Wednesday, 10 November 2010

Being me

    There's a turn of phrase that appears quite often in this sphere: Being me. It's normally used to refer to precious time spent by a part-time or closeted t-girl dressing female rather than being a boring everyday bloke.
    It's a phrase I have to admit to having some discomfort using in that context. One of the defining moments in making sense of all this came for me some years ago when I realised that I'm the same me whatever I'm wearing. I may be happier, more relaxed and less prone to depression with regular access to both wardrobes, but nothing else has changed. Still the same person, still me. And in a world in which people get hung up on the clothing issue the minute a transgendered angle enters the fray, that's important. If all this was simply about clothing I suspect it wouldn't be such a pain in the arse.
    I have found a use for the phrase though since I started coming out to people earlier this year. Being me means not having to put up a front of blokeishness. If the person I'm talking to already knows, I can be me without having to live up to my appearance. It's funny, I have encountered t-girls for whom the whole thing involves affecting an exaggerated pastiche of stereotypical femininity. I may even have sinned myself at times in that direction too, though not I hope too badly. Yet I find I've constructed an entire life with a defence mechanism based on acting a part of slightly exaggerated stereotypical masculinity. It's too easy, because when you look the part, it works.
    As you might imagine, after that I appreciate being me.


  1. Can't disagree with tht, "being me" tends to be hackneyed and clichéd in its traditional use.

    I can well understand how, in its new context, you enjoy being you.

  2. Very well written Jenny. I think you're right, the clothes don't make the person; you're still you no matter what you look like if you're a real person.

    Hugs, Elly

  3. You are indeed so right Jenny. Being 'me' is being who you are not what others conceive you to be at face value. You may be many things, including being transgendered and they all make 'you' what you are. Dressing for some does alter the way they present to others as though they were simply wearing a mask, a fancy dress but for those who are just 'being me' it's a part of who they are, a normal aspect of what is or has been hidden in the past.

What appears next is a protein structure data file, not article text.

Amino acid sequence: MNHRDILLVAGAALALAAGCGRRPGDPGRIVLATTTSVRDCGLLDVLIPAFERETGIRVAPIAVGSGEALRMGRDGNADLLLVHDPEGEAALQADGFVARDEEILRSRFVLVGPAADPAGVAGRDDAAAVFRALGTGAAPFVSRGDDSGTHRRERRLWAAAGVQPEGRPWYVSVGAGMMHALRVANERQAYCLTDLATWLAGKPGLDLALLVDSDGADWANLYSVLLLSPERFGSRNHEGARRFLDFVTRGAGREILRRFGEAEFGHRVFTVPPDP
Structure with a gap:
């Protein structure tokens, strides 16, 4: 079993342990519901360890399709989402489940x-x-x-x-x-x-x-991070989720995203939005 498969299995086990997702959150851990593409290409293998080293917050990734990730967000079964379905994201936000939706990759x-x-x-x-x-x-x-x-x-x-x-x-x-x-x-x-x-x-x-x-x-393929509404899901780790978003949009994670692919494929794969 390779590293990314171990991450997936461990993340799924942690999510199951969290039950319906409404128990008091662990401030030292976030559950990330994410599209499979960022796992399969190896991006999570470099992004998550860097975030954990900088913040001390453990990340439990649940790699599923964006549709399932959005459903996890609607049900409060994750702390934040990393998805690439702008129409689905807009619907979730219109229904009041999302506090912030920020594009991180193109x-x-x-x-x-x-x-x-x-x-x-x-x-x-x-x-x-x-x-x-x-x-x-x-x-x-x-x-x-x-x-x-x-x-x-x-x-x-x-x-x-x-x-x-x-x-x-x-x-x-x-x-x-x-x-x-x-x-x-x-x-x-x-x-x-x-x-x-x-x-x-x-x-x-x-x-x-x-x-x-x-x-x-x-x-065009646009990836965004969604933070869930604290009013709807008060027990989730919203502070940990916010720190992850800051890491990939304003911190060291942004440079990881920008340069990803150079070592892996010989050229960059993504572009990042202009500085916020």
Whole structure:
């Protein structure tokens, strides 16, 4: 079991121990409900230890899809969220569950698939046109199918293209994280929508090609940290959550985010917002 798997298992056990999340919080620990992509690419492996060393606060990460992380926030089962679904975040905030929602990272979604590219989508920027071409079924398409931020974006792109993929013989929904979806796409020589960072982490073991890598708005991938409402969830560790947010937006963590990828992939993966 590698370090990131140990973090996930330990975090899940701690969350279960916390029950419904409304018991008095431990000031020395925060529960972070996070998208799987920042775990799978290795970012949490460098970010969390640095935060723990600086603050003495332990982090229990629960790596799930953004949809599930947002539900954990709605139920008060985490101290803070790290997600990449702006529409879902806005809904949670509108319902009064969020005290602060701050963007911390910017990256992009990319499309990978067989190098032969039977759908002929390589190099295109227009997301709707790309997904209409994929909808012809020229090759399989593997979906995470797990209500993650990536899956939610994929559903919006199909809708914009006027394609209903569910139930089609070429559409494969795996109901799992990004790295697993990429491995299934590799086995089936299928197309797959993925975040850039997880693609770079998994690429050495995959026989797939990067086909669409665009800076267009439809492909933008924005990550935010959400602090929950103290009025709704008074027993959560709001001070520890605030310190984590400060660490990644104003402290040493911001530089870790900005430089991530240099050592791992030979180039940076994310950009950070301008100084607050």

Shirley Anne xxx

  4. So well put Jenny, "" is our most comfortable self. It's just that for me I had to endure the pendulum's extreme swing by being "June Clever" everywhere I went, then the shorter skirts and 4 inch heels of the other direction.

    It's only when we can be comfortable expressing ourselves however we want to for the moment, A lot of times jeans, no makeup and a tank top; other times, when required I love dresses and heels (lower these days) to glam up.

  5. Since I came out to my sister and my niece a little over a year ago, they have never seen me en femme, except for pictures I shared with them, yet I am so much more comfortable in their presence now, and enjoy my time with them so much more. They know, so I can just relax and "be me" when I'm with them. It's wonderful!

    Melissa XX

  6. I'm guilty!! I say that a lot!

    I may be cliche to some. However, I truly do have two personalities. That is why I say that.

    "Being me" means, I am the person that was kept under wraps. I speak differently, look differently, and my interests are not the same at all.

    In my male life, people say they cannot see the female.
    In my female life, people tell me that they cannot see the male.

    Yeah, I'm cliche alright! And I love it!!

    It's not just okay to be different, It's FANTASTIC!

  7. Well written :)

    @Melissa: I have exactly the same experience with my family now that they know. It's noticable from the other side as well - my parents thought it was difficult staying in the same house for a week last year when they came to visit as the atmosphere was a little tense (so much so they said they wouldn't stay as long in the future so as not to step on our toes for so long).

    Now they know why the atmosphere was tense (me contastantly thinking about mannarisms etc), and now I don't do that anymore and just 'be me' everyone is much happier - and they had a much better time this year than last...


  8. Morning all, and thanks for your comments.

    Don't get me wrong, I gain a lot of relief from cross-dressing. The amazing feeling on the rare moments I feel I've cracked it when a believable woman looks back at me from the mirror is priceless. I was just musing on that particular use of language.

    We all have our own path through all this.

  9. I think this and your next post about the term transsexual tie together for me. Transgendered I am certainly.

  10. I do seem to have been stirred into action posting pieces tagged "Gender identity" of late. Amazing really, all that and I haven't got into trouble! I must try harder :)

  11. Well put.

    I've done a list of overused phrases and a variation on being me was one of the first I thought of. It was short hand for something almost all trans readers or listeners would understand but it has become very clichéd by its overuse.

  12. Really nice post, Jenny. I wish I had written it :)

    Calie xxx

  13. Well thanks!

    One of those posts that just flowed, IYSWIM.